will focus in on American securities instead.
This marks a shift for Global X, as the company has a lineup of Chinese and Brazilian funds, various commodity ETFs that have international exposure, and a number of other specialized products as well. Still, the company has been trending somewhat back to the American market with a few of its recent launches such as GURU or MLPA, so the latest American-centric filing shouldn’t be much of a surprise.
This is especially true given the focus of the product on yield, an area that is continuing to attract investors in droves. For this reason, Global X’s filing for the U.S. SuperDividend ETF (NYSEARCA:DIV) seems like a logical step for the quickly growing issuer (See Inside The SuperDividend ETF).
This proposed fund, if ever approved, would mark the third ‘Super’ ETF in the company’s lineup, further rounding out the firm’s list of income-focused products. Unfortunately, many details were not yet available so little is known about the product at this time besides the proposed ticker symbol of DIV (read 11 Great Dividend ETFs).
However, we do know that the ETF looks to track the INDXX SuperDividend U.S. Low Volatility Index, equally weighting a group of common stocks, MLPs, and REITs that rank among the highest dividend yielding securities in the American market. Components are also required to have paid dividends consistently over the past two years while the index provider also looks to focus in on lower volatility securities in order to given the fund a beta of less than 1.0.
Undoubtedly Global X is hoping that this proposed product, if ever approved, will mirror in success its original SuperDividend ETF (NYSEARCA:SDIV). This product currently has a yield of over 7.7% in 30-Day SEC terms and over $160 million in total AUM (read Can You Beat These High Dividend ETFs?).
This is a pretty solid level of interest for this ETF, especially considering the global focus, expense ratio above 0.5%, and how fresh the ETF is to the market having made its debut in June of 2011. It should also be noted that the product also takes an equal weighted approach and focuses in on the highest yielders form around the world—including the U.S.—so there will definitely be some similarities between SDIV and a future DIV product.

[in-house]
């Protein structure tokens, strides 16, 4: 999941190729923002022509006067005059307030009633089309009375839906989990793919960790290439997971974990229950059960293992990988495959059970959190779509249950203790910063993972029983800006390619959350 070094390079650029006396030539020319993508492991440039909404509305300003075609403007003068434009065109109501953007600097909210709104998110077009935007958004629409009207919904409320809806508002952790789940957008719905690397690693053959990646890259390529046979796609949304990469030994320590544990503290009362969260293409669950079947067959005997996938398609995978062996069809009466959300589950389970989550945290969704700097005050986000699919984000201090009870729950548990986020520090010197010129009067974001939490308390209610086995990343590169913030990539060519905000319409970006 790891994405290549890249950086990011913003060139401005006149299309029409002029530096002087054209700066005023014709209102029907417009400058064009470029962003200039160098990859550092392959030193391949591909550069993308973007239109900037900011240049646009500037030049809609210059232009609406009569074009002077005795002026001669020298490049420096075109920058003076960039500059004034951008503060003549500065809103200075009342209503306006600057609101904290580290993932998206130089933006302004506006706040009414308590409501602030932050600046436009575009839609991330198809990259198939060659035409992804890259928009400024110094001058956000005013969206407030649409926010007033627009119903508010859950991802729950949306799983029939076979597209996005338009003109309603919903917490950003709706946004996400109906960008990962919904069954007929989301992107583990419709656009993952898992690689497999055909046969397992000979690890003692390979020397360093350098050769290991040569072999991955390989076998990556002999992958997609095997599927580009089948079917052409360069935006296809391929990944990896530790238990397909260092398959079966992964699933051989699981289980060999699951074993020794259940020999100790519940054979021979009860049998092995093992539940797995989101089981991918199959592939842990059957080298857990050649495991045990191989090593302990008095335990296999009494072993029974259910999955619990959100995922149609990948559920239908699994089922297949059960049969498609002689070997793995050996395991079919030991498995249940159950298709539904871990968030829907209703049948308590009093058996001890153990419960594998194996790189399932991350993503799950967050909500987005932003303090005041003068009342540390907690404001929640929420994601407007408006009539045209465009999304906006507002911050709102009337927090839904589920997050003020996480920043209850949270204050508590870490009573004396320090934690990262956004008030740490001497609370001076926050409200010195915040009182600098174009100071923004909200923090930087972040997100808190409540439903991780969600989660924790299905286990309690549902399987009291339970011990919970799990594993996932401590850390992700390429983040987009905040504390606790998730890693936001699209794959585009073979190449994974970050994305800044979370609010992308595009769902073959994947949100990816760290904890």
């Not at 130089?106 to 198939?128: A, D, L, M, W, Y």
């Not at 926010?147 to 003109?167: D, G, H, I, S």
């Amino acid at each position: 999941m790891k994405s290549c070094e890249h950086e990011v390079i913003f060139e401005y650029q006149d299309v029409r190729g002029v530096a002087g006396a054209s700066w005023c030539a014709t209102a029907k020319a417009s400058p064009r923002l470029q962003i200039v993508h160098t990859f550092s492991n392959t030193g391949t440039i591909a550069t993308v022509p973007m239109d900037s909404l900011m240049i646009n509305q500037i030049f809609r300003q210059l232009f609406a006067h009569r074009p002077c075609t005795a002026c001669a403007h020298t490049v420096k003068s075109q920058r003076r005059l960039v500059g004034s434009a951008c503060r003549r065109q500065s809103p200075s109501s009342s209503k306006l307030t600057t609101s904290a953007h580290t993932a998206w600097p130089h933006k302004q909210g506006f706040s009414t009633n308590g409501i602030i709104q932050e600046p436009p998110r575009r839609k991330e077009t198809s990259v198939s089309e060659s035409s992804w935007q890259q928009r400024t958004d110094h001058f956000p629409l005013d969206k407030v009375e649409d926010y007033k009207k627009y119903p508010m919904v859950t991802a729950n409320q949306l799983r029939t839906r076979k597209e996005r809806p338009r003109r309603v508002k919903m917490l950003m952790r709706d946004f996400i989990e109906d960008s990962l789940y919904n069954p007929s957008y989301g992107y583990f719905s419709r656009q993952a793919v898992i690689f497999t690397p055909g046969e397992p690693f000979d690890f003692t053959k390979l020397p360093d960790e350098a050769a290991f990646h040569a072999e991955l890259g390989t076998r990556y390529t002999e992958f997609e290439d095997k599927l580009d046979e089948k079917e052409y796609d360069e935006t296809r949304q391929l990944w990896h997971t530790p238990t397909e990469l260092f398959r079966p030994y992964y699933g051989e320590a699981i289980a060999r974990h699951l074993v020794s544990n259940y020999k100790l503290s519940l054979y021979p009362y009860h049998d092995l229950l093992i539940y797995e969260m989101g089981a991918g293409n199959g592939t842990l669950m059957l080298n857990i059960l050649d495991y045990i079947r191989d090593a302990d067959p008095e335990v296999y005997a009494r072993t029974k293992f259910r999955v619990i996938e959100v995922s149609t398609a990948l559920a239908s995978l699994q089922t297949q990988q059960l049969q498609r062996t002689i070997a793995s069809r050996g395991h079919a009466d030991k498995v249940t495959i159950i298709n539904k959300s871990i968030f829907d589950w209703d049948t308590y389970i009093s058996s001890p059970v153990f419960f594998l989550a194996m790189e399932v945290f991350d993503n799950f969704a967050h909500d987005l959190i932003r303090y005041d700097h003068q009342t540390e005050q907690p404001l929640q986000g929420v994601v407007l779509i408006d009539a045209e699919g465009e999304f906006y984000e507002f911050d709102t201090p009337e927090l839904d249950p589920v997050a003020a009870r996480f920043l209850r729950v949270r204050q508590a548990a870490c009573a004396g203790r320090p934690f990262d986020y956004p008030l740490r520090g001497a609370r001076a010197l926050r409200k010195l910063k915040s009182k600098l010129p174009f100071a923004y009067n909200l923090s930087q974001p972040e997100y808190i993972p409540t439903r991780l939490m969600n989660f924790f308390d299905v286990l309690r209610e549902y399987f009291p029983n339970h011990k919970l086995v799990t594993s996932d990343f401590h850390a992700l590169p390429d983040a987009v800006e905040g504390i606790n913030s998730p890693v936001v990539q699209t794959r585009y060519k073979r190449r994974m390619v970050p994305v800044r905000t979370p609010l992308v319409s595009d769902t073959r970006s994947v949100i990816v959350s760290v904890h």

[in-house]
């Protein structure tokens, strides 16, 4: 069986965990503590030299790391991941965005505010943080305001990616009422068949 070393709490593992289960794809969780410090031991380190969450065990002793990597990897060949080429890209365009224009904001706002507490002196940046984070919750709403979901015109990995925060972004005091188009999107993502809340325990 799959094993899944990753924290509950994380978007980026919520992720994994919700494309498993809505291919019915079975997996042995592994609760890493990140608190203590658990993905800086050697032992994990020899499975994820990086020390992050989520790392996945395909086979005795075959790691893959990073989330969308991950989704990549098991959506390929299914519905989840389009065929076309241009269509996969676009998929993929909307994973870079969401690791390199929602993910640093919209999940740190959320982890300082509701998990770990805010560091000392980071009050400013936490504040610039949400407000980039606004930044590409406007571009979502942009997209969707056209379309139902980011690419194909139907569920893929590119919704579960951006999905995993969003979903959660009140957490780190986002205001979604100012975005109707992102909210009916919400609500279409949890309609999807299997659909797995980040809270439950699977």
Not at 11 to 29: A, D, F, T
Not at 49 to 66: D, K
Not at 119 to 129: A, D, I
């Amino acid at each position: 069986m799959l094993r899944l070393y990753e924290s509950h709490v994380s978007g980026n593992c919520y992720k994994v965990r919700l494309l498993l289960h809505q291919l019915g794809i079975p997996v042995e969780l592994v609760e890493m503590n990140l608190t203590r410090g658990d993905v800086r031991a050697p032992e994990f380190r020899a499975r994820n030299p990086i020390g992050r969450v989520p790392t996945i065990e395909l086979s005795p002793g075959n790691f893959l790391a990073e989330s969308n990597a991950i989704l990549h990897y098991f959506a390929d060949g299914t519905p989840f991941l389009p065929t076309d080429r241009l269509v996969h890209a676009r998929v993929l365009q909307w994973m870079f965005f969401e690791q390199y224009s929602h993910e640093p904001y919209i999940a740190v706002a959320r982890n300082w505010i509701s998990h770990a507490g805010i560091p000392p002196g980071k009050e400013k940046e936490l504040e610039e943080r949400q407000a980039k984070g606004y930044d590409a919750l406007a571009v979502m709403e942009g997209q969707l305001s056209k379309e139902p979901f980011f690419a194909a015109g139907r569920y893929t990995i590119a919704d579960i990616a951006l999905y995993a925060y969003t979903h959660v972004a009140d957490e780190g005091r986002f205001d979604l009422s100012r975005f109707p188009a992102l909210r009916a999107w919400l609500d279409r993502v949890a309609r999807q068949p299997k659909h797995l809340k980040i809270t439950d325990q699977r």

However, the global dividend ETF market is by no means as competitive as the domestic one, with the main foes to Global X coming in the form of LVL and DWX. The American market, on the other hand, has a host of competitors not just in the broad dividend space, but in high yield segments as well such as mREITs, MLPs, and preferred stock.
Among these funds, the biggest competition will likely be the $10+ billion dollar dividend giants of VIG, DVY, and SDY (ok SDY has a little less than ten billion in AUM). Beyond that, there are plenty of other products that also promise high yields either by weighting based on payments, yield levels, or a combination of the two (seeInvest Like the One Percent with These Three ETFs).
Clearly, DIV, if ever approved, will face a much more difficult road than what SDIV saw for its quest to build up a big following. However, if DIV can pass the regulatory hurdles and provide 7%+ yields like its international-focused cousin, it could manage to carve out a decent niche among the more diversified U.S. income products out there.
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